We note that if UMTA were to approve N.J. Transit's decision denying buses to plaintiffs, their next logical step might well be to challenge the federal agency action under the APA, rather than to reinstitute this action against the state agency. See Rapid Transit Advocates, Inc. v. Southern California Rapid Transit, 752 F.2d 373, 378-79 (9th Cir. 1984). Federal administrative approval of the state agency's action would weaken the plaintiffs' preemption claim.
Plaintiffs premise their preemption claim on the ICC grant of a certificate to Suburban Trails in the interest of free competition, an action allegedly incompatible with N.J. Transit's desire to restrict competition. But the decision of the ICC under the Bus Reform Act of 1982 is not the only manifestation of federal policy in this field.
The Urban Mass Transportation Act of 1964 provides federal financial assistance for mass transit systems "to be operated by public or private mass transportation companies as determined by local needs." 49 U.S.C. § 1601(b) (3). In amending the legislation in 1970, Congress restated its intent "to create a partnership which permits the local community through federal financial assistance to exercise the initiative necessary to satisfy its urban mass transportation requirements." 49 U.S.C. § 1601a.
UMTA has announced its policy to respect local decision-makers' flexibility in developing plans and programs to meet local transportation service requirements. However, "At the same time, UMTA is obligated to ensure that local decisionmakers fully and fairly consider the private sector's capacity to provide needed transportation services." 49 Fed.Reg. 41310, 41311 (Oct. 22, 1984). "UMTA does not consider it acceptable for localities to foreclose opportunities for private enterprise." Id. at 41312.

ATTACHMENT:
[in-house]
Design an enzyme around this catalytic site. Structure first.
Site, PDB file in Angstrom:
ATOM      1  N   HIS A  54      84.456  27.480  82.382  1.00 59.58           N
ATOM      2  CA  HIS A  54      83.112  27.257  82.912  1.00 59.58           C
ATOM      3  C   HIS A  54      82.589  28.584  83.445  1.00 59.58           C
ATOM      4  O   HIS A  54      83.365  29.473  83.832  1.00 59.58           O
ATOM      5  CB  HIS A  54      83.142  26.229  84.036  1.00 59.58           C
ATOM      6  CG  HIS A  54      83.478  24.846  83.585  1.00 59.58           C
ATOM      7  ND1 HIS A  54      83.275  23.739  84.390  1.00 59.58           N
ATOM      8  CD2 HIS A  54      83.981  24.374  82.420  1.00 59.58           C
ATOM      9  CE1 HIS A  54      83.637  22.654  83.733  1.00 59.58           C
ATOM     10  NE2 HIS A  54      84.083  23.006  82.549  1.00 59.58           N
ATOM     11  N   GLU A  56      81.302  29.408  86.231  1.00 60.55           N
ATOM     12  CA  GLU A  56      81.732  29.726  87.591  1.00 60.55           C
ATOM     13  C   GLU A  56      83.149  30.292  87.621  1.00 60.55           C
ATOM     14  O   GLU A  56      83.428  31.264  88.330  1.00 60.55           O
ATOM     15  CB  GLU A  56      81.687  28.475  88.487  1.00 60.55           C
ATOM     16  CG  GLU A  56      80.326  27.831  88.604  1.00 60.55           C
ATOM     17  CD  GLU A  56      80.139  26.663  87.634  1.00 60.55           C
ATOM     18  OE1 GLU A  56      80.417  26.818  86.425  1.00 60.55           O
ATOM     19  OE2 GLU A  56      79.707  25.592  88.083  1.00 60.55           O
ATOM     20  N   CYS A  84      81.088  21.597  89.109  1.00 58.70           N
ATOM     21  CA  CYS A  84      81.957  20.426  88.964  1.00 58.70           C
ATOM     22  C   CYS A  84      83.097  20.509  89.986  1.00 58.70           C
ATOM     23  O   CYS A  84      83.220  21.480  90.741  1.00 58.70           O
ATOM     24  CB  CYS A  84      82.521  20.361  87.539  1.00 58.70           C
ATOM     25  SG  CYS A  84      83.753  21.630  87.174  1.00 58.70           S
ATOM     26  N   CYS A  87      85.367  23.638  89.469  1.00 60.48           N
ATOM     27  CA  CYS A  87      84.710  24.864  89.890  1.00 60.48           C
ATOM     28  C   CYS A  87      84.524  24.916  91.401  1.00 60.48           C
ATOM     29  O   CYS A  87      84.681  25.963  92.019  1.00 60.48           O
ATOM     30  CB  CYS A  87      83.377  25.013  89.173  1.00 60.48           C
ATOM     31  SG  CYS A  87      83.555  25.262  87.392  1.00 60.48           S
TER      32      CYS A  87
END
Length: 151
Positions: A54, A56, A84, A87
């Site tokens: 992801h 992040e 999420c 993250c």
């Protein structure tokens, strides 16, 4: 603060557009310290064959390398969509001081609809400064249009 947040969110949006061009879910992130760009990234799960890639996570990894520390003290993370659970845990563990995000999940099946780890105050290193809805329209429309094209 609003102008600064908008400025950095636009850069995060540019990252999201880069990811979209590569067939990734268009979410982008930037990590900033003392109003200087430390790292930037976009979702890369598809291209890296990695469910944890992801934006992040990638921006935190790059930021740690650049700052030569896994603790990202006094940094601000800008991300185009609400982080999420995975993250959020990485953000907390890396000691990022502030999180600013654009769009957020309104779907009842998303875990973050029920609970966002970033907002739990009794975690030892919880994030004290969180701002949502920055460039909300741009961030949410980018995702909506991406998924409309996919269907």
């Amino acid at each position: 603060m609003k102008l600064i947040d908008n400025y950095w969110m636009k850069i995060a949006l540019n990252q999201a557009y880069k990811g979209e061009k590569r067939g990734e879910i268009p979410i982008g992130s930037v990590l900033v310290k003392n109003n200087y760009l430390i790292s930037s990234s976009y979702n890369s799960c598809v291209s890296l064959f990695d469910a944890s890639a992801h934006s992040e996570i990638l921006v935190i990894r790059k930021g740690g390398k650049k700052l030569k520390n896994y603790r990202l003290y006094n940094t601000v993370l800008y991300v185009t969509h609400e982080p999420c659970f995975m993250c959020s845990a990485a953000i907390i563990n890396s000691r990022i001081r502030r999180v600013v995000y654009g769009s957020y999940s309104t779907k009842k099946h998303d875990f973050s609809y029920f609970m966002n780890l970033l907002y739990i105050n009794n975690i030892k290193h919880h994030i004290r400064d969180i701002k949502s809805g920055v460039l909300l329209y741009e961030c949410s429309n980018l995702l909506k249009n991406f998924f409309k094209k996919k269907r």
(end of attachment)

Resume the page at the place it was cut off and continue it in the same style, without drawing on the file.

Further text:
In a 1986 policy statement, UMTA repeated its commitment to promote "a greater competitive environment and increased opportunities for the private sector in the provision of mass transportation services and operations." 51 Fed.Reg. 3306 (Jan. 24, 1986). These statements are not necessarily at odds with the comprehensive plan developed by N.J. Transit. The partial approval of the grant in August 1985, while reserving to UMTA the right of concurrence in allocation, also recognizes N.J. Transit's opportunity to "integrate and coordinate" mass transportation in the state.
N.J. Transit will continue to maintain an active role in the distribution of federal mass transportation funds. Nonetheless, there is ample evidence of the control that UMTA asserts in awarding financial assistance grants and of its critical role in the controversy before us.
Professor Davis interprets the Supreme Court cases on primary jurisdiction as establishing a presumption that the "statutes agencies administer should be interpreted by the agencies before the courts interpret them." Administrative Law of the Seventies Sec. 22.4 at 95. The preemption issue raised in this case would require the court in the first instance to determine the range of discretion given to state administrative agencies under the UMT Act. On this issue, the court should have the benefit of the UMTA's views before acting. See Regional Rail Reorganization Act Cases, 419 U.S. at 147, 95 S. Ct. at 360.
Thus, this case demonstrates a serious drawback to premature judicial review of agency action--that resolution of the dispute by the courts might be altogether unnecessary. As noted earlier, we have no indication of what position UMTA will take on the state agency's allocation proposal. By way of illustration only, if we affirmed the district court's judgment, UMTA would still be free to withhold funding for all or part of the grant program because it disapproved of the state agency's tactics.